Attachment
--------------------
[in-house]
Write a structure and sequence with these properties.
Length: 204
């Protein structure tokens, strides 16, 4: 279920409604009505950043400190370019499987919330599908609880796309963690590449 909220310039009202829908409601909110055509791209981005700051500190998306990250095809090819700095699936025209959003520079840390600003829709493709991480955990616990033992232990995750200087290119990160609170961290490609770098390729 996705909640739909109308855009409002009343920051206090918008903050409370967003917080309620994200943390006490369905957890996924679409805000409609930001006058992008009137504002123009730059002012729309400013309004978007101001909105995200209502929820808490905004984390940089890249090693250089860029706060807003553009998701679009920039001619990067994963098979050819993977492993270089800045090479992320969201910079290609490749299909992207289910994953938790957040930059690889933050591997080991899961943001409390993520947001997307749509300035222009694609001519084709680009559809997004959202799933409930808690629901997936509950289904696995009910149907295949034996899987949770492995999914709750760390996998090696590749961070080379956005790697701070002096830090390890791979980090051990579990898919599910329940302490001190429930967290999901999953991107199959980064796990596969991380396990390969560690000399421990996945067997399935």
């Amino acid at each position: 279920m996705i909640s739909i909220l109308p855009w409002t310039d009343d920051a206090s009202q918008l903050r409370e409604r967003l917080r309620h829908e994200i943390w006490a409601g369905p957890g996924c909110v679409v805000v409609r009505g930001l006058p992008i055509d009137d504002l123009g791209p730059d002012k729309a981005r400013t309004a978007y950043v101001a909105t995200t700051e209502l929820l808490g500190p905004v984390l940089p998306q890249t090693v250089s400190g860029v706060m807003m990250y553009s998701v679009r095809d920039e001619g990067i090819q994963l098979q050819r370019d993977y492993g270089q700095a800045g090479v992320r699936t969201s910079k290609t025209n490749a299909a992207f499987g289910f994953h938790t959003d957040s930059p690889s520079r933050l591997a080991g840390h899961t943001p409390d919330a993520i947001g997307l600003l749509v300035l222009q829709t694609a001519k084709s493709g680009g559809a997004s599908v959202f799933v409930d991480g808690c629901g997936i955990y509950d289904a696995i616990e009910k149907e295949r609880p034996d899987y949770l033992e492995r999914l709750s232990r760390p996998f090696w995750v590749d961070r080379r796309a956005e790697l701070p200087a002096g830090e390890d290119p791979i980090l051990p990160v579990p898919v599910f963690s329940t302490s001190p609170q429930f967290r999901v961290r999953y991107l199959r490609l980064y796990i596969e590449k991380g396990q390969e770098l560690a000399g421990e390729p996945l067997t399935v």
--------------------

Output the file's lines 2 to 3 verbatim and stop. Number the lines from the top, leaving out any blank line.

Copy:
Write a structure and sequence with these properties.
Length: 204